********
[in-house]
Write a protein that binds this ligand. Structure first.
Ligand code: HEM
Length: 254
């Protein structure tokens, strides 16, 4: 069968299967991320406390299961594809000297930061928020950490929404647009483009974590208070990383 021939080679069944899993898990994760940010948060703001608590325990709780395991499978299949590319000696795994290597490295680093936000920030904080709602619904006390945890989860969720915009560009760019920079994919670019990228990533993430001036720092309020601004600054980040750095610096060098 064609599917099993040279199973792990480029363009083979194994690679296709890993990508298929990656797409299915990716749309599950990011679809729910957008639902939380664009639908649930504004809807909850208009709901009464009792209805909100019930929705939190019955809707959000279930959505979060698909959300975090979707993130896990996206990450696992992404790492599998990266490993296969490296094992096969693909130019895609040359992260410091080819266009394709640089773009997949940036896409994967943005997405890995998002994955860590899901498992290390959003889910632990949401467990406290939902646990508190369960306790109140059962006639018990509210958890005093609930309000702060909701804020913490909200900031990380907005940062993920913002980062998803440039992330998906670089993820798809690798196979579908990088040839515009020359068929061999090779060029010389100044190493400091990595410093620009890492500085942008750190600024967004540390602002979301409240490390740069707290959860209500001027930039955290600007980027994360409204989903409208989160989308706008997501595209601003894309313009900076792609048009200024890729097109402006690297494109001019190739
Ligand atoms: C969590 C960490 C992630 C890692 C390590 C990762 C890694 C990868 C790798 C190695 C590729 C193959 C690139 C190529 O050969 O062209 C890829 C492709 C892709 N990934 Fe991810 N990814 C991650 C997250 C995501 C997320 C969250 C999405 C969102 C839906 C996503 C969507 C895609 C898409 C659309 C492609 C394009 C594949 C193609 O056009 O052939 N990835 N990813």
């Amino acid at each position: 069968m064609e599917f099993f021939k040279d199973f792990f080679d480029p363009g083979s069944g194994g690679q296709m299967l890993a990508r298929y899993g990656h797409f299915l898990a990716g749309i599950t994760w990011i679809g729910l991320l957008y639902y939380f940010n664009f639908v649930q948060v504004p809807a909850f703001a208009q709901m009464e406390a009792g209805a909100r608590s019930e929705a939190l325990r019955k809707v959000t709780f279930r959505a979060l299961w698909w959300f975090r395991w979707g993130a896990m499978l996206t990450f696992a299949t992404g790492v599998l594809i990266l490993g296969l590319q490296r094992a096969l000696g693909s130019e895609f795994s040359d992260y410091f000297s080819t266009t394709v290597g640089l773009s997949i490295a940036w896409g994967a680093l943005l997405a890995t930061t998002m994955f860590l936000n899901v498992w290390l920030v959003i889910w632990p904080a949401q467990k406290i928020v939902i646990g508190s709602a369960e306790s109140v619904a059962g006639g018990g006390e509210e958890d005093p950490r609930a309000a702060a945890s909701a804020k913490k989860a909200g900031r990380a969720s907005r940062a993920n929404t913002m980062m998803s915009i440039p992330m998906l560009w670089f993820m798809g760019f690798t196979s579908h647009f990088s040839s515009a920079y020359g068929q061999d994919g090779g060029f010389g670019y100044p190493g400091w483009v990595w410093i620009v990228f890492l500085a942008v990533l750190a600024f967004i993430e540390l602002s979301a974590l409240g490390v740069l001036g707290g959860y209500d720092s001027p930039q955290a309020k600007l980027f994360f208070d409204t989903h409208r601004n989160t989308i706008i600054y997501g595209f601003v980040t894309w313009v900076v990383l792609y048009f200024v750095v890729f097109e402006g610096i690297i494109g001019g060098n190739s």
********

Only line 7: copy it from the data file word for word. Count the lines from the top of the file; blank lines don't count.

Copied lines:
């Amino acid at each position: 069968m064609e599917f099993f021939k040279d199973f792990f080679d480029p363009g083979s069944g194994g690679q296709m299967l890993a990508r298929y899993g990656h797409f299915l898990a990716g749309i599950t994760w990011i679809g729910l991320l957008y639902y939380f940010n664009f639908v649930q948060v504004p809807a909850f703001a208009q709901m009464e406390a009792g209805a909100r608590s019930e929705a939190l325990r019955k809707v959000t709780f279930r959505a979060l299961w698909w959300f975090r395991w979707g993130a896990m499978l996206t990450f696992a299949t992404g790492v599998l594809i990266l490993g296969l590319q490296r094992a096969l000696g693909s130019e895609f795994s040359d992260y410091f000297s080819t266009t394709v290597g640089l773009s997949i490295a940036w896409g994967a680093l943005l997405a890995t930061t998002m994955f860590l936000n899901v498992w290390l920030v959003i889910w632990p904080a949401q467990k406290i928020v939902i646990g508190s709602a369960e306790s109140v619904a059962g006639g018990g006390e509210e958890d005093p950490r609930a309000a702060a945890s909701a804020k913490k989860a909200g900031r990380a969720s907005r940062a993920n929404t913002m980062m998803s915009i440039p992330m998906l560009w670089f993820m798809g760019f690798t196979s579908h647009f990088s040839s515009a920079y020359g068929q061999d994919g090779g060029f010389g670019y100044p190493g400091w483009v990595w410093i620009v990228f890492l500085a942008v990533l750190a600024f967004i993430e540390l602002s979301a974590l409240g490390v740069l001036g707290g959860y209500d720092s001027p930039q955290a309020k600007l980027f994360f208070d409204t989903h409208r601004n989160t989308i706008i600054y997501g595209f601003v980040t894309w313009v900076v990383l792609y048009f200024v750095v890729f097109e402006g610096i690297i494109g001019g060098n190739s």